What is AWA?
The Analytical Writing Assessment (AWA) consists of one 30-minute writing task called Analysis of an Argument. In this section, you must read a brief argument, analyze the reasoning behind it, and then write a critique of the argument. You are not asked to state your opinion but rather to analyze the one given. You may, for example, consider what questionable assumptions underlie the author’s thinking, what alternative explanations or counterexamples might weaken the conclusion, or what sort of evidence could help strengthen or refute the argument. —Official GMAT Review 13th Edition
In the series of different sections that you are going to attempt on the GMAT, AWA is the first in line. As a GMAT taker myself, I find the AWA as an overture that sets the mood for an exciting journey ahead. This section is meant for you to display your ability to analyze well and write professionally. So ensure that you leave no stone unturned to make a good impression!
First, as you might already know, the scores for AWA and Integrated Reasoning (IR) are not published immediately after your test. Rather, you receive them two weeks later, along with your official scorecard. Therefore, your score out of 800 doesn’t include your AWA and IR performance. So you ask, then why bother giving your best shot for AWA and IR? This is one common question that lingers in the minds of many GMAT aspirants like you. Well, the answer is short and simple. Business schools use your AWA score as a precautionary tool to assess your writing skills and critical thinking against your application essays. Suppose your application essays are Pulitzer Prize-winning material, and your AWA reflects writing skills of a primary class student, in that case, you are definitely giving all the reasons to Admission Committees to cast doubt on your capabilities. This is the reason why you are encouraged to write your own essays, and then take help only for the editing stage. From my personal experience, the AWA helps me warm up my neurons for the marathon Quantitative and Verbal sections. It helps me to do a sanity check on my critical reasoning, reading comprehension and, most importantly, sentence correction skills before the big battle!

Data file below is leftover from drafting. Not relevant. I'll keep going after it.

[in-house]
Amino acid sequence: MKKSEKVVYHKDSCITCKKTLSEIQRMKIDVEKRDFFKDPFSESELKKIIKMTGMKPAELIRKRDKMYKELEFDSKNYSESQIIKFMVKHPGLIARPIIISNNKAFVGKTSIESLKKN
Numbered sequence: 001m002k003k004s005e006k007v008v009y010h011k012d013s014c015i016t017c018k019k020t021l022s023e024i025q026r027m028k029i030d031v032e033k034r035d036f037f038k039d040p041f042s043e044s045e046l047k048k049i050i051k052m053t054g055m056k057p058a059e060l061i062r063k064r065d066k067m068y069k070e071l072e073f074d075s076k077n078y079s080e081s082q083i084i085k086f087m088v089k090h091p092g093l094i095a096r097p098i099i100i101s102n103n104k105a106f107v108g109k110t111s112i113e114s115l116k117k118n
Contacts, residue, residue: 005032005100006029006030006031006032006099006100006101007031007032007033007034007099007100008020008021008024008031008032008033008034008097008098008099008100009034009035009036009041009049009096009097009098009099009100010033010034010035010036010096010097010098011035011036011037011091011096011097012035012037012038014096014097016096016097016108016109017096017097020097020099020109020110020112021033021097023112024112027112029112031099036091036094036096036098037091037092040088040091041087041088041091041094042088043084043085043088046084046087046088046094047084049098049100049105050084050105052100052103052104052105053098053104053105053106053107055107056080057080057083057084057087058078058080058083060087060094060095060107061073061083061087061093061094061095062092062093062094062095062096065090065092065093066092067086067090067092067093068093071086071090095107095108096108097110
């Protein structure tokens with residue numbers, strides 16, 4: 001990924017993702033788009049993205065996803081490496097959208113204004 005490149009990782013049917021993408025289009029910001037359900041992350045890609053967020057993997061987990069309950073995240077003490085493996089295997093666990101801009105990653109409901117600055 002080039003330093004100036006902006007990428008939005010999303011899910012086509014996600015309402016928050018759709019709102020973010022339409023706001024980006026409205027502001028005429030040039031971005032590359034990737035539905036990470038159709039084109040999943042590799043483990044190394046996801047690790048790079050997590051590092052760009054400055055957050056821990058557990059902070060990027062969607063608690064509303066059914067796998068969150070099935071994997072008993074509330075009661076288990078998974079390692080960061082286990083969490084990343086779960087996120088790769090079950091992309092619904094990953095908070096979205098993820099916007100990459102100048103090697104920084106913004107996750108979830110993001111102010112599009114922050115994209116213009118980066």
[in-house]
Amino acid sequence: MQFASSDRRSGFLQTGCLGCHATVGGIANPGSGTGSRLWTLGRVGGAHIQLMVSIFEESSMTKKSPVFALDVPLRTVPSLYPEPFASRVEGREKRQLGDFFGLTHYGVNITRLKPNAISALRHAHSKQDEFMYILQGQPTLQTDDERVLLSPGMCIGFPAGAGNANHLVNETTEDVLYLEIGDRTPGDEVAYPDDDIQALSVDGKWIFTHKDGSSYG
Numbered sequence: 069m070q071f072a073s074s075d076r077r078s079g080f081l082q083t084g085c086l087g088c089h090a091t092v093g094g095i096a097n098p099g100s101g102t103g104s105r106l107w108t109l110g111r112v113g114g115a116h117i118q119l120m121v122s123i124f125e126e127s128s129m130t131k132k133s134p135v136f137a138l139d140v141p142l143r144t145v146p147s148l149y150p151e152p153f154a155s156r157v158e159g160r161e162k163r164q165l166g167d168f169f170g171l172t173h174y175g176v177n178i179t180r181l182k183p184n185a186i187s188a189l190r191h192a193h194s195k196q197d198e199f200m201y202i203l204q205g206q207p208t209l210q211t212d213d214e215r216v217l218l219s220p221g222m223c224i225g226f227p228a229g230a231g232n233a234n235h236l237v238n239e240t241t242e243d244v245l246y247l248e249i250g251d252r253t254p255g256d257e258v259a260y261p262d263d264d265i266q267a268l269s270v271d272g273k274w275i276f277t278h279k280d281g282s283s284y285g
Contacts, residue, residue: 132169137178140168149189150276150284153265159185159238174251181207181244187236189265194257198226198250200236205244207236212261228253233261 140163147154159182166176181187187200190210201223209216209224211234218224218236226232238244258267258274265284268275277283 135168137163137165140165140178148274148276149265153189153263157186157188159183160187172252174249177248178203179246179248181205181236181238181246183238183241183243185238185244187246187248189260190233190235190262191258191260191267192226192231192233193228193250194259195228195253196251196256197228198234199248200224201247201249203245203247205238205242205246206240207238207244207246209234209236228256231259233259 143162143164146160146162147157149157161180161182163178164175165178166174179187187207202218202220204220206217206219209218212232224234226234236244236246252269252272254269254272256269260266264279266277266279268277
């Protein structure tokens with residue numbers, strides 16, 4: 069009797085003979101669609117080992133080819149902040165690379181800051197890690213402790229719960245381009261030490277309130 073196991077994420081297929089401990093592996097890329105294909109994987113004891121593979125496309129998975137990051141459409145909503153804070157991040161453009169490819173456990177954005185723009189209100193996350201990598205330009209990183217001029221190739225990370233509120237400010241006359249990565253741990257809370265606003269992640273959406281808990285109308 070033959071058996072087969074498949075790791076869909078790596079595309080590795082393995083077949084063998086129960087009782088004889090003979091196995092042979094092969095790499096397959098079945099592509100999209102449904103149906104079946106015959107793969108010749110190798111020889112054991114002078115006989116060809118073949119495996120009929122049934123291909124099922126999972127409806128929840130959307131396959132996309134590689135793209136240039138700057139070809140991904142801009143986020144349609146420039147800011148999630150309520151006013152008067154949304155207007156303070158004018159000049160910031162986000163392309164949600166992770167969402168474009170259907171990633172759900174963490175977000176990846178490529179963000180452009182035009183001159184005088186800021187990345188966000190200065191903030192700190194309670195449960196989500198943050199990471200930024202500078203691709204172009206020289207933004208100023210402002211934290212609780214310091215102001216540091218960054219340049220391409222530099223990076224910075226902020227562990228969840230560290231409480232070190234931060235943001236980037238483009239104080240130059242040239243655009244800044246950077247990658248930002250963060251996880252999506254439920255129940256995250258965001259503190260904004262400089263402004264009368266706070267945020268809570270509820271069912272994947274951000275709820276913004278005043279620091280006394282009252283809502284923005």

5 Quick Tips for a Perfect 6!
- Read the question carefully!
Needless to say, if you do not know all parts of the given argument, your response will not be able to exhibit clear critique of the argument.
- Do not start to write immediately!
Take a few minutes to think about the question and plan your response before you begin writing. Try identifying the author’s assumptions and the premises in which they are correct or wrong. You may find it helpful to jot down some ideas and create a brief outline on the erasable notepad provided. Take care to organize your ideas and thoughts so that you can articulate them easily and accurately.
- Qualify all the examples you use!
Imagine that the AWA essay is a report to your senior management—you certainly want to include a few examples and counterexamples to justify or contradict the argument. If you do not qualify those examples and illustrate clearly the premises and assumptions that support them, then expect not-so-happy senior managers!
- Focus on analyzing and critiquing a line of thinking or reasoning!
Get used to asking yourself questions such as the following: What questionable assumptions might underlie the thinking? What alternative explanations might be given? What counterexamples might be raised? What additional evidence might prove useful in fully and fairly evaluating the reasoning?
- Be Narrative!
Demonstrate control of language, including diction and syntactic variety. Your response should be coherently, logically and appropriately introduced and meticulously concluded. Try to paint a picture that is both for and against the argument because the nature of these essay questions is in general subjective rather than objective. So you may want to start with contradicting a few of the assumptions made by the author, and then justifying the ones that are correct, and finally, concluding with a balanced view.
That’s all for now, folks! Good luck and happy studying!
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